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Private property owners lose epic Byron Bay seawall case

Private property owners lose epic Byron Bay seawall case
belongil beach seawall. Photo Paul Spooner via Echo NetDaily

In a win for Byron Bay beachgoers, the NSW Land and Environment Court has rejected an appeal from three coastal property owners to repair failing seawalls on Belongil Beach with 900 tonnes of rock on the grounds that the finished product would restrict public access and use of the beach.

The ruling against the three wealthy property owners, Brisbane-based developer John James, former Seek director Robert Watson and businessman Geoffrey Tauber, who is based in Melbourne.

The decision by Justice Brian Preston, handed down in late December, is the latest decision in a drawn-out struggle to protect the area’s waterfront properties from sea erosion.  

The appeal case began after the NSW Transitional Coastal Panel refused the initial application lodged by the three property owners in January 2017 to fortify the existing walls in front of their seaside properties.

The proposal amounted to 900 tonnes of additional rock that would occupy 120 metres of beach in total.

The application was knocked back by the panel for a number of reasons, including uncertainty surrounding the long-term performance of the proposed works and its potential detrimental impacts to the coastal foreshore, as well as the fact that it might “unreasonably limit public access to the beach.”

Precedent 

The panel also stated that that the proposed works were not in the public interest and approval of them would set a precedent for further seawall construction in the area to protect private properties.

“The outcome would be a continuous length of seawalls and other coastal protection works along Belongil Beach, which would be an undesirable and objectionable outcome.”

Property owners lodged the application on the basis that the additions were “repairs” to the existing rock walls, which were installed in an “uncontrolled” fashion in response to an emergency erosion event and are deemed illegal by the local council, and that there would be no changes to public access or use of the beach.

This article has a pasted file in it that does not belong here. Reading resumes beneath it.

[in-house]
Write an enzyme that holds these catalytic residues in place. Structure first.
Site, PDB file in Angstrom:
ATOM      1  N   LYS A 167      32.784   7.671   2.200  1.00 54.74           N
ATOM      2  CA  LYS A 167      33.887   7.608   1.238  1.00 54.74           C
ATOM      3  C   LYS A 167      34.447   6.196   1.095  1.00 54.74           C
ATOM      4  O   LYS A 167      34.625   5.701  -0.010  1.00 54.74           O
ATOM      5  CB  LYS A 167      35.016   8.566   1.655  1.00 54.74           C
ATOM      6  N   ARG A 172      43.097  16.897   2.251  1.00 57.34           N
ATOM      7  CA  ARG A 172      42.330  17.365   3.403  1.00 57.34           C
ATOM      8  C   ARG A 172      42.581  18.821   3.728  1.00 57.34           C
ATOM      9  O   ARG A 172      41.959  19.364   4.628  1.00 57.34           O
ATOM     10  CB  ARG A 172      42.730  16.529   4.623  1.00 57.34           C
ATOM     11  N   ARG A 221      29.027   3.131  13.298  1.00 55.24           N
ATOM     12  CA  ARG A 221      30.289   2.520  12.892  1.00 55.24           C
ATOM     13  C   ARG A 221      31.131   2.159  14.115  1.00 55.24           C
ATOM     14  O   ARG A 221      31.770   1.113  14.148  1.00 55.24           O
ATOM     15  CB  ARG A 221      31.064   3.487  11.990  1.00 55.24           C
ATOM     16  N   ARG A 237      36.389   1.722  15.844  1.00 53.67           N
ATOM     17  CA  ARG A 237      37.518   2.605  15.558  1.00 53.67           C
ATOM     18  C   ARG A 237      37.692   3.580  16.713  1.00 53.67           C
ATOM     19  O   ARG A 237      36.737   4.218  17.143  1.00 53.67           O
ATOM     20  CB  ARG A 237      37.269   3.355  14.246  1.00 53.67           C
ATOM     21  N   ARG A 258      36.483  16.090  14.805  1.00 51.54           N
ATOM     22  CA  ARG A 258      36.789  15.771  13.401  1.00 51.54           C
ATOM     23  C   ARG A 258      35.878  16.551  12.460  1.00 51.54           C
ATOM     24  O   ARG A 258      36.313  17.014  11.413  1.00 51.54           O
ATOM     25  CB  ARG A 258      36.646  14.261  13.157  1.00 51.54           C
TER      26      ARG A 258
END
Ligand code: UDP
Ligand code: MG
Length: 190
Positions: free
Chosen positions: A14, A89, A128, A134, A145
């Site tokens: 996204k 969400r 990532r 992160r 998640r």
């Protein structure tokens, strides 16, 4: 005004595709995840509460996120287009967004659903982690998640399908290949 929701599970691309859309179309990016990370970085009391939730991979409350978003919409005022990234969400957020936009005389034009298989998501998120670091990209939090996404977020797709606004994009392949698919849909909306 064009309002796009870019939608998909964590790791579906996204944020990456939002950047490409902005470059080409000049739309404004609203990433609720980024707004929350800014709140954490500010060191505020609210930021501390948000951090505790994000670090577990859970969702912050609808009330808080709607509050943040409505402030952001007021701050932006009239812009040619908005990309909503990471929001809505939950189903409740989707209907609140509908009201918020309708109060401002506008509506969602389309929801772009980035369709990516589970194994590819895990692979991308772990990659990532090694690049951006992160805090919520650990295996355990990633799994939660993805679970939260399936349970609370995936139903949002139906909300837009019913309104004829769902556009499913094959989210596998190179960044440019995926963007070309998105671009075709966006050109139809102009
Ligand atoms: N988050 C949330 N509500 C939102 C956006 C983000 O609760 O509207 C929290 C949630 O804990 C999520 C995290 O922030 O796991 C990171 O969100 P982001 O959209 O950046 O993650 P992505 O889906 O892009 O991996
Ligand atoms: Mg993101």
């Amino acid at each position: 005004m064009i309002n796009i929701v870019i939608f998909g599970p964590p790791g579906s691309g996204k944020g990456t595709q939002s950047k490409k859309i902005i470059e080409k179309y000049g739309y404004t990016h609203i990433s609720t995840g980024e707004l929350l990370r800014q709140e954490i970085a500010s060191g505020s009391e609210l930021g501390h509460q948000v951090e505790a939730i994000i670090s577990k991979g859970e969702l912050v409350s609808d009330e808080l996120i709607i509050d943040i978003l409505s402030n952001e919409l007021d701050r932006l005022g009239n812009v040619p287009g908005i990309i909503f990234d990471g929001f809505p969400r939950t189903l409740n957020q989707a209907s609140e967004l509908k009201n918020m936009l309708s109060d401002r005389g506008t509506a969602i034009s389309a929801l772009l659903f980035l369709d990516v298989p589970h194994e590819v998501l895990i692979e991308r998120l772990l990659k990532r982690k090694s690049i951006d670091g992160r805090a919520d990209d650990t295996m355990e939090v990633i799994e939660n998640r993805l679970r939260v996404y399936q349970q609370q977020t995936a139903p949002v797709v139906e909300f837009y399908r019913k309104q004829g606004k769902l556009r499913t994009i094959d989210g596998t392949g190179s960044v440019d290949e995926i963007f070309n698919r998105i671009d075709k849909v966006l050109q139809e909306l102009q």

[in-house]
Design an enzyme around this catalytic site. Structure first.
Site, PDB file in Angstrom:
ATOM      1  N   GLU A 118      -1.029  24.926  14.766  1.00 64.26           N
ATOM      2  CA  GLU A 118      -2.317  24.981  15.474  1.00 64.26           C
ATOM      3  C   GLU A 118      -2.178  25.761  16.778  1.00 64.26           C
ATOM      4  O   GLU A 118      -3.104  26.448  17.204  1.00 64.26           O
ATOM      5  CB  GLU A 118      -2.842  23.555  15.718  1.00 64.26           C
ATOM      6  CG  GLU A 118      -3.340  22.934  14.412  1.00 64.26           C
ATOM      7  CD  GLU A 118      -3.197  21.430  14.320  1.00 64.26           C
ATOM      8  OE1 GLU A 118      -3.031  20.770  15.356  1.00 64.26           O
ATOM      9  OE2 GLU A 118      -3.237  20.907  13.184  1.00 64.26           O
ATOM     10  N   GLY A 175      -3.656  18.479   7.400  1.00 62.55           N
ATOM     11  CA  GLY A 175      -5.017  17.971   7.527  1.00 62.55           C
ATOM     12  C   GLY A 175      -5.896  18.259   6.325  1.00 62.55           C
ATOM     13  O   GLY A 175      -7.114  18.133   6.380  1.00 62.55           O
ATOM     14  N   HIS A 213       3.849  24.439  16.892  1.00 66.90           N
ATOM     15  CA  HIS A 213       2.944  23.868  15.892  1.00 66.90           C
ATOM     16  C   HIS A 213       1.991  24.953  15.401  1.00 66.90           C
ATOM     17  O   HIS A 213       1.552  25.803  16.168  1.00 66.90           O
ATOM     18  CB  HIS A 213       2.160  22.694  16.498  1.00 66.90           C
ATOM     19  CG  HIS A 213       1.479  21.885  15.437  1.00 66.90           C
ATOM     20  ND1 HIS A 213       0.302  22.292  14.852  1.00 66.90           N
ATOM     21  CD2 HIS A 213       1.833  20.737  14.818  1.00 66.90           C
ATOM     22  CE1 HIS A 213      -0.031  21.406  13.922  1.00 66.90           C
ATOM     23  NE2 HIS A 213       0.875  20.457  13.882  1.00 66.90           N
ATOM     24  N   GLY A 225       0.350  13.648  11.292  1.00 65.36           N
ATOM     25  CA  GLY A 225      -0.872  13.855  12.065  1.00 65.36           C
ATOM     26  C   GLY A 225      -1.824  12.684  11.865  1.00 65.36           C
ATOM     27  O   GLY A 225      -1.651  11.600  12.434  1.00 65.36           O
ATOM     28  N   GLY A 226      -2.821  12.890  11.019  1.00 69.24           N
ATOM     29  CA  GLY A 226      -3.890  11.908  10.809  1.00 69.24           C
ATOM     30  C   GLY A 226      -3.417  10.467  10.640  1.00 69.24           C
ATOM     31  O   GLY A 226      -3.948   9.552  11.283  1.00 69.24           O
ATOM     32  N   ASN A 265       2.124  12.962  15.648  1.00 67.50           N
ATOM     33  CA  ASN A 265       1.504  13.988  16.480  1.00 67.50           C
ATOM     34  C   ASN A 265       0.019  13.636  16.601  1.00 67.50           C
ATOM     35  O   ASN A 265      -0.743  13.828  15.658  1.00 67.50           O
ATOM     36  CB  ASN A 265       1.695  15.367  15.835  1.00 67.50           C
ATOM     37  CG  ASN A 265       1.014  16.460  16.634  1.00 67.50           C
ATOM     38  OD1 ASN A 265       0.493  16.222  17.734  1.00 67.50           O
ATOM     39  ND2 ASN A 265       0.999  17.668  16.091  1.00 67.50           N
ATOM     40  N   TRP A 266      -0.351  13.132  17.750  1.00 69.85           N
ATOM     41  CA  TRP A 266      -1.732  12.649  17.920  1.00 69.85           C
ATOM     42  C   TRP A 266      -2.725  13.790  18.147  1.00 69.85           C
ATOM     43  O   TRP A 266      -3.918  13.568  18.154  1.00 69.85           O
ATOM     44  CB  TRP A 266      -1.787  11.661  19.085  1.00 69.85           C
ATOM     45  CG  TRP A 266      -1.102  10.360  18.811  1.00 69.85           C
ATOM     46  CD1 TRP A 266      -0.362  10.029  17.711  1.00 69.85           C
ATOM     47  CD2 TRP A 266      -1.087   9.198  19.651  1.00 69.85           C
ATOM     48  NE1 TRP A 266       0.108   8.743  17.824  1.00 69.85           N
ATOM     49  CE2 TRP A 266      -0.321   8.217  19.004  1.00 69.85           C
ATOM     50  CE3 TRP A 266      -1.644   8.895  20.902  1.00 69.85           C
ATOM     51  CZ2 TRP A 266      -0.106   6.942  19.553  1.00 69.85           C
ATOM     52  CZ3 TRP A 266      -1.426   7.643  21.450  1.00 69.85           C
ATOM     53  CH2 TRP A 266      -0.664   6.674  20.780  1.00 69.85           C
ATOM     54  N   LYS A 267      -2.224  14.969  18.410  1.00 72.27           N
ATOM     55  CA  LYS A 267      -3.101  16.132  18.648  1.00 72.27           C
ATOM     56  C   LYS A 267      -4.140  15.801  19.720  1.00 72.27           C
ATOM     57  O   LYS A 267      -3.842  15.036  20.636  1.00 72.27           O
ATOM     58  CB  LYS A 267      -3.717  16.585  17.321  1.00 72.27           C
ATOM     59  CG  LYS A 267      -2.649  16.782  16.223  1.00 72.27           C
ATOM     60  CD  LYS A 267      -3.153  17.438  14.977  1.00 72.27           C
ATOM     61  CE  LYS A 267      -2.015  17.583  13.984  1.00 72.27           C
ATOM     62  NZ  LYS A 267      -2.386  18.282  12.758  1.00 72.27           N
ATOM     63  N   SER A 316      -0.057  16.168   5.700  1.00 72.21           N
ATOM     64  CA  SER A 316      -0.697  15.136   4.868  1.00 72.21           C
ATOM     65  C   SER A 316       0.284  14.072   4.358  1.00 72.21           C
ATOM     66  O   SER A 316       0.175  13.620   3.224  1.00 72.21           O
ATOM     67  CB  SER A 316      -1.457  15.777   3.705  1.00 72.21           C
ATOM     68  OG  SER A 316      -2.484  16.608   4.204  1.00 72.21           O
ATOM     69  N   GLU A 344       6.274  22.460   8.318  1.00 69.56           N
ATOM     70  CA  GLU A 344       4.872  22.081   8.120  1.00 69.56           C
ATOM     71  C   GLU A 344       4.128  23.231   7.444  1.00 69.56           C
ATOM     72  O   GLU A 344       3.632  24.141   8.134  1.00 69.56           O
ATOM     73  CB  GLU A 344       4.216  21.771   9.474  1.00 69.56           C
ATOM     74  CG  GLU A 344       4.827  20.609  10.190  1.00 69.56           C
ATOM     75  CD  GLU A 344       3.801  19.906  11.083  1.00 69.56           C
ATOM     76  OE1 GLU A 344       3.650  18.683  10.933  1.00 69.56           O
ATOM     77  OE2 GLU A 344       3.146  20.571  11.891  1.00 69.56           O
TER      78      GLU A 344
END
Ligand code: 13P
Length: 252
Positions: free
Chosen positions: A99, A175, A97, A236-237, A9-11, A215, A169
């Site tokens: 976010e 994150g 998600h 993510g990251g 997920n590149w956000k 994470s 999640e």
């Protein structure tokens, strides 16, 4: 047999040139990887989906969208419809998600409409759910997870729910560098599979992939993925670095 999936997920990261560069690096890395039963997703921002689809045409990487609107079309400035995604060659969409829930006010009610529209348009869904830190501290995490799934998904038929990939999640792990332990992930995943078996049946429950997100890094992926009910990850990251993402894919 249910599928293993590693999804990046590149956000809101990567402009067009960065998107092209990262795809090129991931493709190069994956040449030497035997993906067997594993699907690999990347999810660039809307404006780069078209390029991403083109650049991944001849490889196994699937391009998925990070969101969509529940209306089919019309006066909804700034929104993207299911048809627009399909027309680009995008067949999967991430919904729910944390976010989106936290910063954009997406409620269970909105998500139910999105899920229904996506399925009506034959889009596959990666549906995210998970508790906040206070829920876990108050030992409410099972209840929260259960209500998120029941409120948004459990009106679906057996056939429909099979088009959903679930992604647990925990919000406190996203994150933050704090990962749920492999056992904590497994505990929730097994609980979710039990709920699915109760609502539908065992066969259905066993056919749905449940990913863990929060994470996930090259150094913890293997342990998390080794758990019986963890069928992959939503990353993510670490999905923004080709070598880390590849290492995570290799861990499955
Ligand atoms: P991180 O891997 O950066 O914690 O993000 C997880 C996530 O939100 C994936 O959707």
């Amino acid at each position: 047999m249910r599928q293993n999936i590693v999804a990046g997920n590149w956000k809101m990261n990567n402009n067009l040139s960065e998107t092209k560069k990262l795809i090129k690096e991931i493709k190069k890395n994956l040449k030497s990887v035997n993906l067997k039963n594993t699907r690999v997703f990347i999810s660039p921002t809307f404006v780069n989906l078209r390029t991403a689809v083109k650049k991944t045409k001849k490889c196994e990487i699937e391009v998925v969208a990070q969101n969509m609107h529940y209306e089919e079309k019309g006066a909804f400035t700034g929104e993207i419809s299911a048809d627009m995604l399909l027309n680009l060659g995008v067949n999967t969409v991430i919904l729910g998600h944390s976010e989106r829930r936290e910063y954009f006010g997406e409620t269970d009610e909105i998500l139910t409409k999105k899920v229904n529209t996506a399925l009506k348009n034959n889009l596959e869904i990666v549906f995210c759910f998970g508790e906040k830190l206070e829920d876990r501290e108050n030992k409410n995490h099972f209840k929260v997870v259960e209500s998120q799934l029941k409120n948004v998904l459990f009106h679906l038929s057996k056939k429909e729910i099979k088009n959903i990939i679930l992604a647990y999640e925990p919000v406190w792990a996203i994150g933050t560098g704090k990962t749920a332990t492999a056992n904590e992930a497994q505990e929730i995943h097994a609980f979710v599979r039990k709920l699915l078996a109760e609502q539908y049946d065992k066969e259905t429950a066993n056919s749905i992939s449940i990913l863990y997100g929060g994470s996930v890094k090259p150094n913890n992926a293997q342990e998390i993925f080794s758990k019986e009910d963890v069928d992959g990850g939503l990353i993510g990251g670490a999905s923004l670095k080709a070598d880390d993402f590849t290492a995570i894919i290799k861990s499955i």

In the development application, they further argued that the existing walls were in a state of disrepair that they were likely compromising public safety. 

Although in the appeal case Justice Preston recognised that public safety could be improved with some repairs to the seawalls, he ultimately agreed with the panel and deemed the scale of the landowner’s proposed changes unsatisfactory. 

“…by reason of their size and extent, the resultant repaired seawalls in front of each of the land owners’ properties will result in the alienation of significant parts of the public land of the beach and a concomitant limiting, impeding or diminishing of public access to and use of the beach.”

As well as preventing access to the beach for the public, especially at high tide, Justice Preston was concerned that the works would endanger people walking along the beach because they would find it difficult to escape to safety in unfavourable weather conditions and large swells.

He also wrote in his decision that the landowners were “seeking to take advantage of unlawful existing works and use” with their claim that the repaired sea walls will not result in any additional limiting, impeding or diminishing of public access to or use of the beach beyond the obstruction caused by the existing seawalls.

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